if the test case passed at takeoff, the control surfaces can be viewed as sufficient, anyways, Engine out control system (EOCS) seems critical for twin engines planes

one can only imagine the cross wind landing/take-off limits on this one, as most of our airports have single runways

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Re: Military Flight Safety

Postby shiv » 15 Nov 2009 10:02

http://www.deccanherald.com/content/803 ... built.html
Saras prototype 3 to fly 2010
IAF to induct 15 indigenously-built Saras aircraft
...
Engineers at NAL are now building another prototype which is expected to be flight tested next year. NAL expected the aircraft to be certified by 2010.
Saras is only the second plane after Hansa, a two-seater trainer aircraft, that is being developed indigenously.
NAL is also working on designing a 70-seat passenger aircraft called the RTA-70 for regional transport.

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Re: Military Flight Safety

Postby chetak » 15 Nov 2009 10:46

vasu_ray wrote:

after reading the discussion on C-17B, did Saras pass the test case where it had shut off one engine before reaching VMCG during takeoff before
doing that test case in flight

the reason I say this is the crash could be due to Saras simulating engine failure, the rudder and flaps couldn't compensate the asymmetric thrust, reducing thrust on the remaining engine the plane started to descend and when speed reduced close to V2 the rudder lost enough airflow around it and the plane went into a spin and crashed, would the plane have glided at least if the remaining engine is also shut down before slowing down to V2?

if the test case passed at takeoff, the control surfaces can be viewed as sufficient, anyways, Engine out control system (EOCS) seems critical for twin engines planes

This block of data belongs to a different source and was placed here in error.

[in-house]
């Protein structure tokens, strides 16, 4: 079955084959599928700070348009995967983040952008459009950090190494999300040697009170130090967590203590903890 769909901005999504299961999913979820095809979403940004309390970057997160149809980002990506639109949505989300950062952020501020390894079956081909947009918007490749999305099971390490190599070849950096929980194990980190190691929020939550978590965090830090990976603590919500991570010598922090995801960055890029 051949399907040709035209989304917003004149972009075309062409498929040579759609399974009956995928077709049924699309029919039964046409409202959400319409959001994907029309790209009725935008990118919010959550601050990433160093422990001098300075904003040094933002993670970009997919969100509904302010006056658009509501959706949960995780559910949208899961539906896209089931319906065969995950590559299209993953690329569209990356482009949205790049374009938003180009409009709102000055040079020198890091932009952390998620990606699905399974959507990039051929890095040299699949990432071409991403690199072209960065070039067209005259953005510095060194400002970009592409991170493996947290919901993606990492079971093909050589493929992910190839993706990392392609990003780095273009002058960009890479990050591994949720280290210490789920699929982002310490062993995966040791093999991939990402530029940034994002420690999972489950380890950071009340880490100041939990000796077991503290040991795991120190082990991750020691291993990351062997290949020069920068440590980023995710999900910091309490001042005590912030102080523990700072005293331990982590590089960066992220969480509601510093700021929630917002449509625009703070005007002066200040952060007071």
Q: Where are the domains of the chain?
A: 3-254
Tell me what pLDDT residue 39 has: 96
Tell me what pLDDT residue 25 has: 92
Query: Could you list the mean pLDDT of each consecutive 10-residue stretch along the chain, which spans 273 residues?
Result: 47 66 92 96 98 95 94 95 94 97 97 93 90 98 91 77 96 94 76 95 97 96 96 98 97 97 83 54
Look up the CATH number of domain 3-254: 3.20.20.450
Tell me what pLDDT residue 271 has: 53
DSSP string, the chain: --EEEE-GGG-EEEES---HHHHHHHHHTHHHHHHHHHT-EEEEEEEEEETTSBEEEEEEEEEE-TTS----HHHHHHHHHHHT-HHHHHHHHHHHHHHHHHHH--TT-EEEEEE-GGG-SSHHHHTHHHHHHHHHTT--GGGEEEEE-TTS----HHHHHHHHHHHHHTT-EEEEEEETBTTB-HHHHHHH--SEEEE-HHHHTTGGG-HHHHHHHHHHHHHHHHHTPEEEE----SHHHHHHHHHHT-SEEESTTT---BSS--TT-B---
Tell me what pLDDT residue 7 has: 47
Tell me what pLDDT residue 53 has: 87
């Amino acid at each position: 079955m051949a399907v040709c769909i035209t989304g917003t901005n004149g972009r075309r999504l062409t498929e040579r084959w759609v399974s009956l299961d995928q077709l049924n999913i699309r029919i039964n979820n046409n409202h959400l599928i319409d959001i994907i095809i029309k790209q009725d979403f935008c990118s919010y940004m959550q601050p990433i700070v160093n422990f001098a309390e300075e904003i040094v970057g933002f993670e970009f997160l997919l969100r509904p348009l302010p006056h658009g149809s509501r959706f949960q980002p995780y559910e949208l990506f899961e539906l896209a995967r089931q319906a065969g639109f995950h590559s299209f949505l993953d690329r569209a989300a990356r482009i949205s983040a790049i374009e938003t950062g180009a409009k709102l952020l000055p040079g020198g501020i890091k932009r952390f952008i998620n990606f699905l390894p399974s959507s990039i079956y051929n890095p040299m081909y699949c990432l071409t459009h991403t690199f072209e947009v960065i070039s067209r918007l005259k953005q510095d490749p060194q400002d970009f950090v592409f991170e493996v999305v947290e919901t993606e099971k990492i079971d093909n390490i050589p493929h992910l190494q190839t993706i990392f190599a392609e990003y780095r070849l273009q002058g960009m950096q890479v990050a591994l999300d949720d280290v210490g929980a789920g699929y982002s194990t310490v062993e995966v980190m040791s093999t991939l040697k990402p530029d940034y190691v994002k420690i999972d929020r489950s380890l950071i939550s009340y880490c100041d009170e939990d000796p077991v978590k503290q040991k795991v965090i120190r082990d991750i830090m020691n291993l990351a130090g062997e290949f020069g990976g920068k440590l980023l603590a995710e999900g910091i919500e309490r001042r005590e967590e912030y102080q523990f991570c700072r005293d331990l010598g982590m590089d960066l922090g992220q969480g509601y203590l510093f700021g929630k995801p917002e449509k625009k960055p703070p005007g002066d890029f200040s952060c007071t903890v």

one can only imagine the cross wind landing/take-off limits on this one, as most of our airports have single runways





This was one of the most likely of reasons for the crash

http://www.thehindu.com/2009/03/26/stor ... 101600.htm

Expert highlights deficiencies in Saras flight control system
Ravi Sharma

DGCA board to probe into aircraft crash
Thursday, Mar 26, 2009
..........
A senior NAL official told The Hindu that an independent, but a brief review in last December of the design aspects, including the Saras’ flight control system by an aviation specialist from Germany, had brought out deficiencies in the aircraft’s existing controls and “recommended modifications, changes and further reviews to address existing problems.”
...........
On the aircraft’s rudder control, the specialist had even gone as far as stating: “On one of the quadrants in the empennage of the Saras, the cable guard limits the rotation of the quadrant. By rotating the quadrant, the cable will be stretched and it causes a load increase in the cable tension and may limit deflection angle of the control surface. In addition, this changes the kinematics. This should be investigated and corrected prior [to] next flight.”

During his four-day visit, the expert had discussed with officials connected with the Saras programme, “aerodynamic issues, especially on the balanced and trim tab, control forces in the rudder control system during single engine operation, centring of the aileron control [and] loads on the flap system.”
........
Official sources close to the Saras programme also told The Hindu that wind tunnel tests carried out by NAL had established that there were shortcomings in the aircraft’s flight controls.

The twin-engine prototype went down as its IAF test crew were involved in verifying for the first time on the Saras an engine relight (shutting off and restarting, in sequence the engines in mid air).
..............
All that a senior official with the programme would say was that “the report was only a first information report on the aircraft and it would be incorrect to go by the spirit of the report.”

He also added that it would be incorrect to say that the prototype was not fit to fly.
.
Last edited by Rahul M on 15 Nov 2009 10:58, edited 2 times in total.
Reason: please consider using quote tags properly so that readers can figure out what which is your comment and which is a quote.

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Re: Military Flight Safety

Postby Craig Alpert » 17 Nov 2009 01:58


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Re: Military Flight Safety

Postby Craig Alpert » 18 Nov 2009 21:05

Image
Dhruv's best in their class no question -- Livefist